Right now we are in peak season. There are Salmonflies on the Madison, Gallatin and Yellowstone Rivers. PMD’s and Caddis are all over the Missouri River. Run off is over and everything is shaping up great right now. Pressure on the rivers is spread out with all options available. Now is prime time for our area rivers. We have a few dates available in late July, and with our big snow pack, August looks to be a banner terrestrial month as well. The Yellowstone and Madison should fish extremely well given our cool, wet June and July. There are a very few prime September dates available, so if fall fishing is in your wheelhouse, give us a call immediately.
Regards, Dane Huzarski
THREE POINTERS FOR SUCCESS WITH THE DRY FLY
A few quick tips for fly fishing with the dry fly. Make your first cast count. Many times your first drift is the most important. The one that the trout sees first and most likely to eat.
This month's hot three flies are Paulson’s flutter bug, Hi-Vis PMD spinner and the Rubber legs stonefly.
The first fly is tied by Umpqua fly company and invented by local guide Eric Paulson. This salmonfly pattern is one of the best to hit the fly bins in recent history. It is nothing short of a great pattern that brings fish to the surface. There are many salmonflies patterns out there, but this is the first one I grab when adults are present.
The Hi-Vis PMD spinner is my go-to on the Missouri River when PMD’s are present. Even though this pattern represents dead mayfly spinners on the water, this massive hatch may find spinners on the water from late morning to late evening. It is easy to see, the trout are looking for an easy meal and dead spinners are tasty morsels. A dead drift in a trout’s feeding lane almost always gets interest from hungry trout.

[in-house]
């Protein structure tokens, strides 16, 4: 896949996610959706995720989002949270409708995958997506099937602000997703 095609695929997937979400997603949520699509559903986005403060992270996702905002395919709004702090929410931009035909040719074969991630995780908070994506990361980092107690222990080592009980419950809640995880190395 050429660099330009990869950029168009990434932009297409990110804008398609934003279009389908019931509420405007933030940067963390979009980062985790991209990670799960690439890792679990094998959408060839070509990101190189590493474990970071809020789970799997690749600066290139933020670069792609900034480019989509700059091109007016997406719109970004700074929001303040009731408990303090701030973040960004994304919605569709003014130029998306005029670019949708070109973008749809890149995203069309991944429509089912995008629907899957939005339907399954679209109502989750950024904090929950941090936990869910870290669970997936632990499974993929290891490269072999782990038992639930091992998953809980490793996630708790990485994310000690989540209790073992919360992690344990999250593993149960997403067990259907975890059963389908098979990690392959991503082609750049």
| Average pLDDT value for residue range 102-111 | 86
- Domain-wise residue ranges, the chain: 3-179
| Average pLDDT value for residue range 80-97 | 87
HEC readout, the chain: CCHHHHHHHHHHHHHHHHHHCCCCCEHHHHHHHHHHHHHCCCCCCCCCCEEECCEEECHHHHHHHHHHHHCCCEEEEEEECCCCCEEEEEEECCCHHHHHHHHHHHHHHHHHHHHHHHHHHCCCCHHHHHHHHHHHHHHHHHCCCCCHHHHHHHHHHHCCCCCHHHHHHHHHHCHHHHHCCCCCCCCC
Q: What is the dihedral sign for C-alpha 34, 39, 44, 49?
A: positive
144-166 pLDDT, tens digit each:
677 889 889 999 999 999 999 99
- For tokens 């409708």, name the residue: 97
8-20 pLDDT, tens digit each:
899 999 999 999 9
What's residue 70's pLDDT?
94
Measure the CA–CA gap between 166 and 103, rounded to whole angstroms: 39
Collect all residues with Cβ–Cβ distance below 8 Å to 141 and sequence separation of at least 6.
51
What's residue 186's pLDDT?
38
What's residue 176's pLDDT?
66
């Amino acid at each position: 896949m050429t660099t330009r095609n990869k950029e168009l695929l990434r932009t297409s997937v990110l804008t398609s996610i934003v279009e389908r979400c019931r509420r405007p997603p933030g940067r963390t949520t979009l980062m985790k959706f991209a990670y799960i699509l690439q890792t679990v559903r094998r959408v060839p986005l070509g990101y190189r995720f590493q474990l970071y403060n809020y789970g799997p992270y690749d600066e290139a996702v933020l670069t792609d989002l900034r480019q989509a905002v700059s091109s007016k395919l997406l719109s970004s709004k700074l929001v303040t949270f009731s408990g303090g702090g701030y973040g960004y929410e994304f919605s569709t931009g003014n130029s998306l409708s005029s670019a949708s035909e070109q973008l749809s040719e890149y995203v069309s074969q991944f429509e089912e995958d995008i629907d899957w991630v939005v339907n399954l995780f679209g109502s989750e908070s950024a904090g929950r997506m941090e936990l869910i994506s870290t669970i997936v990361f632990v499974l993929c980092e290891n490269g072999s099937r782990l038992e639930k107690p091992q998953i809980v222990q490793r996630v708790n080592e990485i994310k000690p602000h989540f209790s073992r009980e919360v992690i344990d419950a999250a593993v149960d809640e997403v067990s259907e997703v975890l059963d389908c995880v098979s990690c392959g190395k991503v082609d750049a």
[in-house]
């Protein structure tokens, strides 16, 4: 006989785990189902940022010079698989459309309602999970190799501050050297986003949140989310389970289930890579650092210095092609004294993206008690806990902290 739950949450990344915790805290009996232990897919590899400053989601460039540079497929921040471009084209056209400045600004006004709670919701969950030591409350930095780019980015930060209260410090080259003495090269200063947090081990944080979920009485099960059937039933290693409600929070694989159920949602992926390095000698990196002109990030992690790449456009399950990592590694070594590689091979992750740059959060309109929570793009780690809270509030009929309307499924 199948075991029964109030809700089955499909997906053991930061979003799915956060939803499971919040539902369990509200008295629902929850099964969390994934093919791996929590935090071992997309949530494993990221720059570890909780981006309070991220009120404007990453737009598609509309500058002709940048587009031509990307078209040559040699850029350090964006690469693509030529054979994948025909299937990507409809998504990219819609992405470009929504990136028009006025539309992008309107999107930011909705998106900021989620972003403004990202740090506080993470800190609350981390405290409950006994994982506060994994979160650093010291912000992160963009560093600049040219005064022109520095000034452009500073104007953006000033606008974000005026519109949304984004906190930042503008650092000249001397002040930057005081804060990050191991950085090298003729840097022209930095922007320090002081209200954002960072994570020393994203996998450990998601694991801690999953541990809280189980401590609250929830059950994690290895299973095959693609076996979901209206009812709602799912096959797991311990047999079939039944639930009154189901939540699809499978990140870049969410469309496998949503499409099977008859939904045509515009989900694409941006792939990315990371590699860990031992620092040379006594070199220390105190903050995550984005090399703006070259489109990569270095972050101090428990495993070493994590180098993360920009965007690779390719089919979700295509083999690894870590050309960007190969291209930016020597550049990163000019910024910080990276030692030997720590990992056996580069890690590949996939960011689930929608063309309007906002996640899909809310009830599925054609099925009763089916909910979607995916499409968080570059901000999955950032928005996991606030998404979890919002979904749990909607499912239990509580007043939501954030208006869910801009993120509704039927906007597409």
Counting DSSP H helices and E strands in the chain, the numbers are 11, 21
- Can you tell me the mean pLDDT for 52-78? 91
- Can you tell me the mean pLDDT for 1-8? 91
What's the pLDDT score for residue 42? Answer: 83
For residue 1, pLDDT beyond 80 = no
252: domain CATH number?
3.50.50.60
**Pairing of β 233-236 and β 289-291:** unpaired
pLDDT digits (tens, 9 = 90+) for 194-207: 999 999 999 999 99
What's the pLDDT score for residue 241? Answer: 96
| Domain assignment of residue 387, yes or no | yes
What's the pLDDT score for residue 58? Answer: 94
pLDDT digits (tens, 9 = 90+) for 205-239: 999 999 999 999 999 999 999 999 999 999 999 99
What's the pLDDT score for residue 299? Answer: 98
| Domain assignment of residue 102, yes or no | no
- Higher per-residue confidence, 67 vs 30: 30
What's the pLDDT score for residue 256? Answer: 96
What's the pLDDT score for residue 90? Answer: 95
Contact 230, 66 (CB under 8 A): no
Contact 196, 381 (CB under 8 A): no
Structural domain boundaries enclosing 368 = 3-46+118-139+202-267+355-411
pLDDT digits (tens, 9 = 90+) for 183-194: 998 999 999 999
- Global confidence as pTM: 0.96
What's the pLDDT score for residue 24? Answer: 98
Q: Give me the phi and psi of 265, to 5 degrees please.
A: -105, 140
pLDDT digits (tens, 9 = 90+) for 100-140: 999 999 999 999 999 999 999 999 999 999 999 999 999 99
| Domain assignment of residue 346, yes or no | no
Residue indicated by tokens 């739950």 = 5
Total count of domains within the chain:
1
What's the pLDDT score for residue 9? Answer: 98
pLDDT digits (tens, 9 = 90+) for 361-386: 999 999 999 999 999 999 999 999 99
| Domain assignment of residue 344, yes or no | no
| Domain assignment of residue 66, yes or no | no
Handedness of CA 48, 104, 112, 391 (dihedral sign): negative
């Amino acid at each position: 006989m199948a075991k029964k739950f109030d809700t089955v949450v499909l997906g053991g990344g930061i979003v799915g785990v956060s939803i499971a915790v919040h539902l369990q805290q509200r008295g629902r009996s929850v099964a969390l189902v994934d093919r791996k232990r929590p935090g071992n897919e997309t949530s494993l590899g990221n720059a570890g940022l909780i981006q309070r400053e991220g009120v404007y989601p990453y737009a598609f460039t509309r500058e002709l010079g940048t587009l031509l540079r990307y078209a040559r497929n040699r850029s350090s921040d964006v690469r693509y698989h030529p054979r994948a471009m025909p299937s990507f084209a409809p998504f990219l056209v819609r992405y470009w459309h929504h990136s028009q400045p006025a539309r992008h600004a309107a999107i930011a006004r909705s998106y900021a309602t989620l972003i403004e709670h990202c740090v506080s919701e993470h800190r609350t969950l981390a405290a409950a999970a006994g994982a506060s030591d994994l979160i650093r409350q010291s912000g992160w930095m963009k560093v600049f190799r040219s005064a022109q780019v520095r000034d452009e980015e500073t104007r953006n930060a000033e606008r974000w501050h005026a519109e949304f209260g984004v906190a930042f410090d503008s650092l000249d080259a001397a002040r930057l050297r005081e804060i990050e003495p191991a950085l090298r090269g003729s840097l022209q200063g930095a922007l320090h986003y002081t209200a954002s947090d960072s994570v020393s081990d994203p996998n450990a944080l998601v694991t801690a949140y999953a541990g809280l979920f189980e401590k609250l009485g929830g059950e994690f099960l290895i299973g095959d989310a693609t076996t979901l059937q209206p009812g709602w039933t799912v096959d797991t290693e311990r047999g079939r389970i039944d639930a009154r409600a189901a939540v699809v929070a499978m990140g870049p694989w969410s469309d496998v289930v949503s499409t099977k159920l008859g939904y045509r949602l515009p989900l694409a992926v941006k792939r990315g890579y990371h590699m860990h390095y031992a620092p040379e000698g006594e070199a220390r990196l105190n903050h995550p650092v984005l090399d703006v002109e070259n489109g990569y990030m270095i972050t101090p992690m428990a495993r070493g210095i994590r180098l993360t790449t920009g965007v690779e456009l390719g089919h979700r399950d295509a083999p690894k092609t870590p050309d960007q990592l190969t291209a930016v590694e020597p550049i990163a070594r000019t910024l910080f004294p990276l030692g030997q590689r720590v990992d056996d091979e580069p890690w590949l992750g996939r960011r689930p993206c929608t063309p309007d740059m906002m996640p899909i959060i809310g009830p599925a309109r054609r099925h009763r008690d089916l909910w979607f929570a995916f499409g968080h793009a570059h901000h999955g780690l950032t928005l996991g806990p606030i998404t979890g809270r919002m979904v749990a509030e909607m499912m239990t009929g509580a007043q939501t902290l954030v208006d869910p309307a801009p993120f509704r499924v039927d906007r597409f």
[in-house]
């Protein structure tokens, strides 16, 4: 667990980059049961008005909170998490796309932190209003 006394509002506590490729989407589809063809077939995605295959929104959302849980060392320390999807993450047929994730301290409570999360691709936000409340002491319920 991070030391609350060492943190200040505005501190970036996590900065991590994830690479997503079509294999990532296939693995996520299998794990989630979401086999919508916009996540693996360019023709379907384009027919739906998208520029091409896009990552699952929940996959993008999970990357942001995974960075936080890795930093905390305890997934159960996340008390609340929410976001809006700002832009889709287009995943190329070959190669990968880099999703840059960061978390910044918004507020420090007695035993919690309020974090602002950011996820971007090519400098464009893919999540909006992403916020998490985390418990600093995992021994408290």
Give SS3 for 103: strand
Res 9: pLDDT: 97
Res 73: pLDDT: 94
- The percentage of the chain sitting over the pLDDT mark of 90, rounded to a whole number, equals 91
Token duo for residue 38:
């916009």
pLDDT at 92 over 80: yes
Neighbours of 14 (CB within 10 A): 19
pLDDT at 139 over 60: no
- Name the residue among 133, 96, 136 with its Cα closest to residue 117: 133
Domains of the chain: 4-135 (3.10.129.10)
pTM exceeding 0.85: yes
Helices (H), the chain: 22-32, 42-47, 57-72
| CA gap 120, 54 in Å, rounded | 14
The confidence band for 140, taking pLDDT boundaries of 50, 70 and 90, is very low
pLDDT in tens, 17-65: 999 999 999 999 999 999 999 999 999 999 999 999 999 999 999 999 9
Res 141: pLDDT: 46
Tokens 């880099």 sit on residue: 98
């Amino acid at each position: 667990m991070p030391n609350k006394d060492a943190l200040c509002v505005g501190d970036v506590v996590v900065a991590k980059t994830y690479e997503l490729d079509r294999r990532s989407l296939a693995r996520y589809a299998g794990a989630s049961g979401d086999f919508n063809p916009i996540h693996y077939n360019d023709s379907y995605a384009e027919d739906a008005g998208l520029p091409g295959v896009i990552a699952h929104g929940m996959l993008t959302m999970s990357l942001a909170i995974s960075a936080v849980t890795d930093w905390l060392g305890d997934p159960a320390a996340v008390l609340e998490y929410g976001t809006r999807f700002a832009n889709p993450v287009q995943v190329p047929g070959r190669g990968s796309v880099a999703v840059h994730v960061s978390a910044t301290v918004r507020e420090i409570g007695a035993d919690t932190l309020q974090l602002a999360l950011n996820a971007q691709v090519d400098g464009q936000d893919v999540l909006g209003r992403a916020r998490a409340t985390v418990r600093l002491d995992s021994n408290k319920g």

The rubber legs is a killer on our local rivers like the Gallatin, Yellowstone and Madison Rivers. These freestone rivers have an abundance of stoneflies that hatch throughout the summer. Big, size 8 rubber legs early in the summer and then smaller rubber legs in August and September. They can represent the Salmonflies in early July, Golden Stones a bit later and nocturnal stones in early September. You can fish it under a big dry like a Chubby or under an indicator with additional weight to get it down to the bottom. There are many color combinations from solid black and brown, to variegated coffee/black, tan/white, orange/black. All work super well at different times of the season.
Note: Fly patterns, terms, concepts and fishing tips help develop your knowledge and ultimate success on the river. The information above is unique and provided specifically for Montana Trout Wranglers email subscribers.
July fourth is a busy day on our area rivers. I try to persuade clients to fish on either before or after the holiday. Most years I work, but this year I had it off with a few fellow guide buddies. We floated a lesser known stream, a busman’s holiday. We had a few beers and enjoyed the day. I was sitting on the bank with my buddy watching one of our guides work the run and enjoying a barley soda. He caught a number of fish in this hole but from the sidelines we insisted that he had to fight the fish while drinking an adult beverage. Josh, a well seasoned guide was able to not only land the fish, but finish the beer and hook several more fish. Well done, Josh.